Yum! Brands' (NYSE:YUM) "China problem" is proving more difficult to solve than expected. The restaurant operator's second-quarter earnings report showed a 10% decline in same-store sales in China.
While that's better than the 12% drop recorded last quarter (though much worse than the 15% gain notched a year ago), it marks the fourth straight quarter of falling comp sales in China since the company became embroiled in yet another food quality scandal. It was also much worse than the 8.5% drop analysts had expected.
Because China still accounts for half of Yum! Brands' total year-to-date revenue and 38% of its operating profit, the continuing impact of the food scandal is taking a toll on overall performance.
Tentative steps toward improvement
Revenue was down 3% in the second quarter to $3.11 billion, missing Wall Street's expectations of $3.19 billion. Last year, Yum generated $3.20 billion in Q2 revenue.
Yum! Brands said net income fell 30% year over year to $235 million, or $0.53 per share, which, after one-time adjustments, actually beat forecasts. The restaurant operator posted adjusted per-share profit of $0.69, much better than the $0.62 analysts anticipated, though still below last year's $0.73 per share effort.
Fortunately, Yum! Brands continues to get strong results from its Taco Bell chain to help make up the shortfall. Same-store sales grew 6% at the Mexican fast-food restaurant, compared to a 3% increase witnessed at KFC and the flat comp sales recorded at Pizza Hut, which still struggles to gain traction.
Yum! Brands has benefited from new product introductions like the breakfast menu at Taco Bell and the chicken and rice bowls at KFC. Additionally, It has enjoyed pricing tailwinds for commodities such as cheese and chicken. It's also trying to tap into the new trend among food manufacturers to eliminate artificial ingredients. Earlier this year, Yum! Brands said it would remove artificial colors and flavors from food items at both Taco Bell and Pizza Hut.
Still a jewel in its crown
While that may incrementally benefit the restaurant operator, the outsized importance of the China division means the country's recovery is really the key to future gains.
Back in May, hedge funds Corvex Management and Third Point Capital each took substantial positions in Yum! Brands with the idea of pushing for a spinoff of the China business. By doing so, Yum! Brands would reduce its risk. The food scandal at its supplier was actually the second such crisis to hit the restaurant in as many years. Yum! Brands' sales were hit sharply by a similar problem in 2013, and it had only just emerged from regaining Chinese consumer trust when the current scandal struck.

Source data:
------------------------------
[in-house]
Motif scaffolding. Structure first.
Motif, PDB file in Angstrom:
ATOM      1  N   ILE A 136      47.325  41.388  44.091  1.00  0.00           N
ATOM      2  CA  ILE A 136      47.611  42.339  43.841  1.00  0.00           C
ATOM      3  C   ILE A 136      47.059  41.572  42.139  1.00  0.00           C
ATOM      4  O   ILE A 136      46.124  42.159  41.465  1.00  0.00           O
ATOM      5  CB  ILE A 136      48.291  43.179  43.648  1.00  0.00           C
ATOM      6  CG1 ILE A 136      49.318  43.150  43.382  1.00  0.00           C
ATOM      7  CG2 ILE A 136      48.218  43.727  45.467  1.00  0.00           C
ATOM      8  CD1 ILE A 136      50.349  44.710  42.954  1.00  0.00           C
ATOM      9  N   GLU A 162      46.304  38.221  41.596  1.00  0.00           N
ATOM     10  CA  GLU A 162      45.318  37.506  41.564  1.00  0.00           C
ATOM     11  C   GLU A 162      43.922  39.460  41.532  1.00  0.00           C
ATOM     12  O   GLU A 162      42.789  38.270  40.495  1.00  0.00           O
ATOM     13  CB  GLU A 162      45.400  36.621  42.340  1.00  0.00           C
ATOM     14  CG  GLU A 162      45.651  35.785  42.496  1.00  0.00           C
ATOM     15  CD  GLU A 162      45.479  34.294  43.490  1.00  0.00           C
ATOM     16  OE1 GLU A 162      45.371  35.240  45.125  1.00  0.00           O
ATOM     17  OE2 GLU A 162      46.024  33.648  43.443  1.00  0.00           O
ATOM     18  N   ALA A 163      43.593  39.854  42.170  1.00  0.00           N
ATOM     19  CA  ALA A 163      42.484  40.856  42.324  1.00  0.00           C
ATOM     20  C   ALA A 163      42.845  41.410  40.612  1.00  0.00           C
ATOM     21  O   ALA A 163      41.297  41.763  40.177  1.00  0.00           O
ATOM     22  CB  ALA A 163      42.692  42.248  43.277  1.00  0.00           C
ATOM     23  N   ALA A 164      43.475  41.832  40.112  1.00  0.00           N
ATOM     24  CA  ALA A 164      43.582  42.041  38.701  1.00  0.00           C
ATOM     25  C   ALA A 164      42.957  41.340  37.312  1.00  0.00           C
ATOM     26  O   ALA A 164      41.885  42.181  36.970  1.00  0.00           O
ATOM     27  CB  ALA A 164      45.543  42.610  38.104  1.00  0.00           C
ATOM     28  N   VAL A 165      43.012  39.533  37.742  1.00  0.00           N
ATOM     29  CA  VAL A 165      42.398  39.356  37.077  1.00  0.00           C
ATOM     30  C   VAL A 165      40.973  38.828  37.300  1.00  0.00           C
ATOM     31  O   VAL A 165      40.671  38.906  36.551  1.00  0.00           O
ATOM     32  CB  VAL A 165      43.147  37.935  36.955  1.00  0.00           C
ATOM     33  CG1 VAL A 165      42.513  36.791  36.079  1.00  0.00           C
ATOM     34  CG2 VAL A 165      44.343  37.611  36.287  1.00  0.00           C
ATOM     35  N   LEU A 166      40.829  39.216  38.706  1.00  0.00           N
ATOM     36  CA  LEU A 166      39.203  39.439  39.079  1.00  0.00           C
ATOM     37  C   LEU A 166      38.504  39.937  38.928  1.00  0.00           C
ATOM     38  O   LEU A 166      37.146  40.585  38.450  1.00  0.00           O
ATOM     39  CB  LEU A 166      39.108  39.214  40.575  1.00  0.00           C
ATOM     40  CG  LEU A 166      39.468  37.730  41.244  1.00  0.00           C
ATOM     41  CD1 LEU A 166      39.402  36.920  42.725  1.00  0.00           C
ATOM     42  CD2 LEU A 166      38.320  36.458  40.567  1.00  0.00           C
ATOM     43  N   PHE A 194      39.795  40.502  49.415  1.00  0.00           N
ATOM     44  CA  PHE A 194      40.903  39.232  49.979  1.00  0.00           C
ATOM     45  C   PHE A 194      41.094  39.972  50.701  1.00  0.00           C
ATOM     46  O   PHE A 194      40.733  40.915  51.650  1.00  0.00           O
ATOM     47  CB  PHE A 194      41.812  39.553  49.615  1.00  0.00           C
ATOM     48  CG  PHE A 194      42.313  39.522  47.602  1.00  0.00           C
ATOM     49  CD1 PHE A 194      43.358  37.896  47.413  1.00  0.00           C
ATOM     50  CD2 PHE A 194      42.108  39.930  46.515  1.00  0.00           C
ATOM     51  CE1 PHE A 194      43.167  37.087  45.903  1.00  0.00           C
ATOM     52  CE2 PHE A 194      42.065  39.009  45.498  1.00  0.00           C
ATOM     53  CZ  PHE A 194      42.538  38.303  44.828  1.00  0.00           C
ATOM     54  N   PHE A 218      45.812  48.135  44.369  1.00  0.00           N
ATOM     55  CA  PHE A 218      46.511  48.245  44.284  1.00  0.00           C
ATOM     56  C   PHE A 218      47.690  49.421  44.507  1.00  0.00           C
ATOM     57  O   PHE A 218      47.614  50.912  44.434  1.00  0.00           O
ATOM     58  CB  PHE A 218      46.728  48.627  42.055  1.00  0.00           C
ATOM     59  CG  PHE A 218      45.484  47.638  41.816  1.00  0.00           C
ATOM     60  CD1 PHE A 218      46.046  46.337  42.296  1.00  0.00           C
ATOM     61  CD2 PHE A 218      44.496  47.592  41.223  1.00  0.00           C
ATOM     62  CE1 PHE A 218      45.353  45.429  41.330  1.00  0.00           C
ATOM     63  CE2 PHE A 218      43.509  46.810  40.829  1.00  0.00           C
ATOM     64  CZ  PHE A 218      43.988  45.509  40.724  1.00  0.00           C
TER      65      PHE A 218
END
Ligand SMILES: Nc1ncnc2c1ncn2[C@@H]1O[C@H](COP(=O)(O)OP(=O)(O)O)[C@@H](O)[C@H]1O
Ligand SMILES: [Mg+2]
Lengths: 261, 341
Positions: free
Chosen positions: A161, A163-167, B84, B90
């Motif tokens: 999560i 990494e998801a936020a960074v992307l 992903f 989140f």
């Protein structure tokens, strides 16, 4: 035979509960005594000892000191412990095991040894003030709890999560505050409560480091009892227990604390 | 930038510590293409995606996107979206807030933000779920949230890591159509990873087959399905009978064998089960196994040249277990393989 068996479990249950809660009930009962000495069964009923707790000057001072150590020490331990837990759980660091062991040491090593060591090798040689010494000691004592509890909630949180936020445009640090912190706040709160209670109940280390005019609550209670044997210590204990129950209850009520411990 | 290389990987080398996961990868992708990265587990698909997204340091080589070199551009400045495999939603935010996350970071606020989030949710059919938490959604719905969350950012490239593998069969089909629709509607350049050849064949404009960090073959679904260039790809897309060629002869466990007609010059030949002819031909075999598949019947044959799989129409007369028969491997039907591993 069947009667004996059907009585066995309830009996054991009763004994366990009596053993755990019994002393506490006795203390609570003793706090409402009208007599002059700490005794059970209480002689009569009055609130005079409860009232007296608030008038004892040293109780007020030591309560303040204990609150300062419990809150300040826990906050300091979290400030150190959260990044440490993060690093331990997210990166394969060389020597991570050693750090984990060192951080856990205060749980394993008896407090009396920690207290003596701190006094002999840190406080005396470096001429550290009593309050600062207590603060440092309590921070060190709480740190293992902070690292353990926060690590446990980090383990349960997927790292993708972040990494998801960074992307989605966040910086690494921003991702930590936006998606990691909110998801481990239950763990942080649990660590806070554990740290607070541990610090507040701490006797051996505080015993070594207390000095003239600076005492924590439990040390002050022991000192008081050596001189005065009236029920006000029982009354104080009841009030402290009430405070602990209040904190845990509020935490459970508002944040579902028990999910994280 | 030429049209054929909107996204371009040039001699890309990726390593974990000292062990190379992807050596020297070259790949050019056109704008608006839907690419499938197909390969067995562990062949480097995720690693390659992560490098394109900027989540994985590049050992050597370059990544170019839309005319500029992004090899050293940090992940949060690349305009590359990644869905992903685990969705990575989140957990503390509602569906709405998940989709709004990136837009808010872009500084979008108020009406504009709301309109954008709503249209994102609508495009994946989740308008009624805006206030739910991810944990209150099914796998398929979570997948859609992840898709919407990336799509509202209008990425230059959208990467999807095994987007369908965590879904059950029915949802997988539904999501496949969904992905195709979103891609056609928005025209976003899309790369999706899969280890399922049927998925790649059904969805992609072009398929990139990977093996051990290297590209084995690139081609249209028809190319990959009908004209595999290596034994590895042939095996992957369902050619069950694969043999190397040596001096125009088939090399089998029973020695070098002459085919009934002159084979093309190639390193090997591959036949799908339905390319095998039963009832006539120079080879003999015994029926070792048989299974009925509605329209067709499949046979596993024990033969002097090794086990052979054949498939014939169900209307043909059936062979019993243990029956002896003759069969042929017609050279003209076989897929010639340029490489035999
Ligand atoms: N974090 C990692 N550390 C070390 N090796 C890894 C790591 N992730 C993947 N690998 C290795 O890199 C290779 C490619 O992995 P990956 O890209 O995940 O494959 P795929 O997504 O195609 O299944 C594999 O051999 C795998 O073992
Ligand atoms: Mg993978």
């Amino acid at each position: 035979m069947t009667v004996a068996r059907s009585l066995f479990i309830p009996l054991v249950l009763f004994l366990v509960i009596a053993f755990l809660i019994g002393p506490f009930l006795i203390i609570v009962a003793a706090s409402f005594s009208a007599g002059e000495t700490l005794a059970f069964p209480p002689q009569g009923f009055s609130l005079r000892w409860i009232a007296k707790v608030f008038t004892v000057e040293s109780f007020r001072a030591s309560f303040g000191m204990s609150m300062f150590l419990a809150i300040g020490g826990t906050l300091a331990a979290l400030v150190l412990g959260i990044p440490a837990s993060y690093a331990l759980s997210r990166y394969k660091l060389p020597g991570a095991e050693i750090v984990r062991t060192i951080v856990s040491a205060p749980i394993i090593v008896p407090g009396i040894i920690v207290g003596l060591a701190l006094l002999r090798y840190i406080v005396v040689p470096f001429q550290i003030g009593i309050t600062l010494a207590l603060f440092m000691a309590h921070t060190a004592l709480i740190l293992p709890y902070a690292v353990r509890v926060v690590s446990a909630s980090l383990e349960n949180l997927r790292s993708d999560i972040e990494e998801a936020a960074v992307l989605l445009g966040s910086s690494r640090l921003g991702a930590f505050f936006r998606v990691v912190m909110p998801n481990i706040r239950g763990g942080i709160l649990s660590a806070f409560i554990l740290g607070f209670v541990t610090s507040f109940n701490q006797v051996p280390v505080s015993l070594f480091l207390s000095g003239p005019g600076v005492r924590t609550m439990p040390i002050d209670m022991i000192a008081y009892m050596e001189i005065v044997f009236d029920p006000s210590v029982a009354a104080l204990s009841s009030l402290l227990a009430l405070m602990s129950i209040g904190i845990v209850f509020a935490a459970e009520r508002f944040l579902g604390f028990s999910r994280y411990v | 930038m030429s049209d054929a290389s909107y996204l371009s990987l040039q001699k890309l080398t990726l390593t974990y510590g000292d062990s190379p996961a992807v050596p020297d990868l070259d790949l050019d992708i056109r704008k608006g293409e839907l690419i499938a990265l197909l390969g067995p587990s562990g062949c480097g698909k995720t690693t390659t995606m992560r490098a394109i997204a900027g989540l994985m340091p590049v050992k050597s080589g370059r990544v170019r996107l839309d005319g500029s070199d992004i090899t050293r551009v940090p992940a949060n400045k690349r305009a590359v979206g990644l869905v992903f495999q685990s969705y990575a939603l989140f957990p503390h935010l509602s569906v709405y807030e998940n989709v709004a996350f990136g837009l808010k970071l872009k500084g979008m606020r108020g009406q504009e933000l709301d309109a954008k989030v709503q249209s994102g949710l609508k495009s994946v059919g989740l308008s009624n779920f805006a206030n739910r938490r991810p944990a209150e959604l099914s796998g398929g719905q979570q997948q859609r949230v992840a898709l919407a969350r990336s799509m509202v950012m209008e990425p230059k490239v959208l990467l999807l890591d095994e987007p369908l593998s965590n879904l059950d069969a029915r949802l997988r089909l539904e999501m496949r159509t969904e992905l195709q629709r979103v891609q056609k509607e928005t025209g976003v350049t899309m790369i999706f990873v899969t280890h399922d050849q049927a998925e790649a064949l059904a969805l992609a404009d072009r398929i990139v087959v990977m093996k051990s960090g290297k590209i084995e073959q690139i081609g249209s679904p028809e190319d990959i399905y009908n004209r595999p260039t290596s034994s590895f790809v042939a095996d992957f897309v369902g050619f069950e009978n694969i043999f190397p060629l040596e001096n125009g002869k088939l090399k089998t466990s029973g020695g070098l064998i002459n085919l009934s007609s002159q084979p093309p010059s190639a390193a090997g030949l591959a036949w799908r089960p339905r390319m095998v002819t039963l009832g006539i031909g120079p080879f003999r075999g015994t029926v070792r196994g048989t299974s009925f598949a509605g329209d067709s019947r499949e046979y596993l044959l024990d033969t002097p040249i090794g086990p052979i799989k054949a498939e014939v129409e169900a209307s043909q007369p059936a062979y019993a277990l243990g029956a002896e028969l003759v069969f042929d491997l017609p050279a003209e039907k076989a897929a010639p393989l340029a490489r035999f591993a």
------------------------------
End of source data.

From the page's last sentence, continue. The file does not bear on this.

That could also explain why the company is taking longer to bounce back this time. Although comparable sales didn't crater quite as badly as they did the first time around (when KFC in China was also hit by an outbreak of the avian flu virus), the continued comp sales declines indicate that consumers remain wary.
Yet despite the many hurdles that Yum! Brands still needs to overcome, it remains on track to open more than 700 restaurants in China this year.
Challenge of changing tastes
Here at home, however, the shift in consumer preferences for fresher, more wholesome ingredients presents its own headaches. Like much of the rest of the fast-food industry, the rise of fast-casual chains that have made healthy food the centerpiece of their marketing has resulted in the perpetual skimming off of customers to the competition. Hence Yum! Brands' commitment to better sourcing.
Although Yum! Brands stock gave up 3% following the earnings release, the restaurant operator remains on course to build out its global brand further, even with the myriad problems in China. But because the situation is moving in the right direction, albeit at a slower than expected pace, the slight setback represented by this quarter shouldn't deter investors, though waiting for a better price might be warranted.
Yum! Brands trades at 41 times earnings, 22 times next year's estimates, and over three times sales. Its enterprise value goes for more than 40 times its free cash flow. All of this suggests its stock is still richly valued, and investors may want to take the slow boat before putting their money to work here.